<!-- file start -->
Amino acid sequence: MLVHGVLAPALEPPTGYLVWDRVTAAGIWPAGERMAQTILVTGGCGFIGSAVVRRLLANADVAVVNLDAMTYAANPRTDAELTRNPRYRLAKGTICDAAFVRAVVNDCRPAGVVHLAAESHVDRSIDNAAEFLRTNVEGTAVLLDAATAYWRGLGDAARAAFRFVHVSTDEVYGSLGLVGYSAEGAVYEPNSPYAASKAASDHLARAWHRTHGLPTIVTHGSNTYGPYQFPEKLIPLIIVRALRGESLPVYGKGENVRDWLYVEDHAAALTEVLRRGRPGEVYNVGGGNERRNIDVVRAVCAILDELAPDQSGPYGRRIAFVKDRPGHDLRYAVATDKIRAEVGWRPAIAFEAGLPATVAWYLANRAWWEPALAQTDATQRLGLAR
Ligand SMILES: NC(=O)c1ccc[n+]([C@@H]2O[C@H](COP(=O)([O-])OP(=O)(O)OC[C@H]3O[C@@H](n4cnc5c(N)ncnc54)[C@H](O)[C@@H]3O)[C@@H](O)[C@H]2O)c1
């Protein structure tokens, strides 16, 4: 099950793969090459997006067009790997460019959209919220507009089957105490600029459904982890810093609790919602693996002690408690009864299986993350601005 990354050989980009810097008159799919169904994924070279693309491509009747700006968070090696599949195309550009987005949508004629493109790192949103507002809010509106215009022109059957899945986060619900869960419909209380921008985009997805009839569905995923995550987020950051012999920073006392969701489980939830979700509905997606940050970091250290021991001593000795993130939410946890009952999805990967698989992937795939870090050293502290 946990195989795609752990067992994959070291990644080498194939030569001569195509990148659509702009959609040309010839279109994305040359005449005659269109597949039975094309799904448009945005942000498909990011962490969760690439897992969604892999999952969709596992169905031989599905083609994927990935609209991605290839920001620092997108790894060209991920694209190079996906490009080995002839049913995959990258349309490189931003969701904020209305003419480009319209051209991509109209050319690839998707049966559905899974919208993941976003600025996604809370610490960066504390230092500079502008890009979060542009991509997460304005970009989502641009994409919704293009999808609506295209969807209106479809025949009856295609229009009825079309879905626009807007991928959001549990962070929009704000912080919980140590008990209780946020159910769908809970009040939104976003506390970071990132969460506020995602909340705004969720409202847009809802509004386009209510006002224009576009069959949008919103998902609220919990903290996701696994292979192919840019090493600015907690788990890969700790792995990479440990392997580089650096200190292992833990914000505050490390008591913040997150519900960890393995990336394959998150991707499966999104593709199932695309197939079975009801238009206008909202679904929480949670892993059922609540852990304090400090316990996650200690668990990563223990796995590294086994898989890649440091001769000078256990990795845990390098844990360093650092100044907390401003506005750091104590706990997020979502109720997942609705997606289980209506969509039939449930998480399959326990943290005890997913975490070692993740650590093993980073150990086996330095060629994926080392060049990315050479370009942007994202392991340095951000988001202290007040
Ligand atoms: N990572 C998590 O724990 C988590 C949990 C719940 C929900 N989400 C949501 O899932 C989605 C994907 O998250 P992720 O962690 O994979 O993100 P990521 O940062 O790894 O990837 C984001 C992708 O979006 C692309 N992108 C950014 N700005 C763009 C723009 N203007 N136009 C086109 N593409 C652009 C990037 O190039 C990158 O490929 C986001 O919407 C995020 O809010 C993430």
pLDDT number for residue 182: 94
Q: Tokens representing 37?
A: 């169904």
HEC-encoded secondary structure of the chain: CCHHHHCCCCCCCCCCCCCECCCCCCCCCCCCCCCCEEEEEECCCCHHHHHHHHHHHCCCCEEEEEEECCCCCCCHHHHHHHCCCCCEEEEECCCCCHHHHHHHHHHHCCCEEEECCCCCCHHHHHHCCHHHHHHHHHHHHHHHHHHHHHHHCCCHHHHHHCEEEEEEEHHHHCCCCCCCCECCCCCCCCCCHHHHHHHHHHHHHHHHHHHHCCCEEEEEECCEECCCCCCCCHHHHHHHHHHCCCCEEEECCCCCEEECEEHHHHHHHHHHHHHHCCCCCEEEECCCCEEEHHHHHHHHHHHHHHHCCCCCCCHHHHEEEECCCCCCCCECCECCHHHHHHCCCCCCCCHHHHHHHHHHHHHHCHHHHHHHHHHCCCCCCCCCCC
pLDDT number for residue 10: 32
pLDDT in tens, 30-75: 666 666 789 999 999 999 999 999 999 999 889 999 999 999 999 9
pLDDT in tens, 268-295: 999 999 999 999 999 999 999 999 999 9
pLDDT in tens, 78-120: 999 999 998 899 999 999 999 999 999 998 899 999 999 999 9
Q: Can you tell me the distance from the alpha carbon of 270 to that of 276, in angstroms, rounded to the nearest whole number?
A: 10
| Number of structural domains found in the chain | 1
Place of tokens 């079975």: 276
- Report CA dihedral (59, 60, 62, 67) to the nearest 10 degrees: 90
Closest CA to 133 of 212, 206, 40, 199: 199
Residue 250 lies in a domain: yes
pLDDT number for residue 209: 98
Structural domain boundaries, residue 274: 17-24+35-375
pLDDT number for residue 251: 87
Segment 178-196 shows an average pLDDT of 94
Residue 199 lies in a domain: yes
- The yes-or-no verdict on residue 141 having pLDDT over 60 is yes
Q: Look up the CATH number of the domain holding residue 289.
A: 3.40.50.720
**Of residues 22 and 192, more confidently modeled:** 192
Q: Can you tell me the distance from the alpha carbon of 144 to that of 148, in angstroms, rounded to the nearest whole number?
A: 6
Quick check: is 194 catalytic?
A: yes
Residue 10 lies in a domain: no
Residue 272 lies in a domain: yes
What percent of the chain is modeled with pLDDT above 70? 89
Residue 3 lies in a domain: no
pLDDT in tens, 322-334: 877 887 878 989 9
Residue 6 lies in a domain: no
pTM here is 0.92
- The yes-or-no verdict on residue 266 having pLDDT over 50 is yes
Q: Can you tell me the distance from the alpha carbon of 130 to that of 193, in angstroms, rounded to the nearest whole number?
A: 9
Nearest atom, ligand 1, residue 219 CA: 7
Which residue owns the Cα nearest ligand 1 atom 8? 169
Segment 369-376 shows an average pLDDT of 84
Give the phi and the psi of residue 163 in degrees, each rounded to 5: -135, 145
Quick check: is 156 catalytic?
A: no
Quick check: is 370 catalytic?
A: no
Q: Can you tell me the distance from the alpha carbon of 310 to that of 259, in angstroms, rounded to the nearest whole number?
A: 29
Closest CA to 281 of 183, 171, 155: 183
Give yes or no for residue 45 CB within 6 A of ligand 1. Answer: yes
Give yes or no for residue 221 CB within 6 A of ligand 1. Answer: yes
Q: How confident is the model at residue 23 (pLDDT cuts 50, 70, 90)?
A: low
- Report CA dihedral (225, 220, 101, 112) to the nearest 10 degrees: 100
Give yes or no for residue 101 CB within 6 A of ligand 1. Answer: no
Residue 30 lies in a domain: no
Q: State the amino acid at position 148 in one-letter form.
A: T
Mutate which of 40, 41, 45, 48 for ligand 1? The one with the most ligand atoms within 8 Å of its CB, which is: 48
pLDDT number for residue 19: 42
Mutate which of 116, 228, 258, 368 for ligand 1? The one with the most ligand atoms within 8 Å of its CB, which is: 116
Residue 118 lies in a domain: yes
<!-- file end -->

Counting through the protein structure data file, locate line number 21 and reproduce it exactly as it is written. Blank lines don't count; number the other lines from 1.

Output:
Structural domain boundaries, residue 274: 17-24+35-375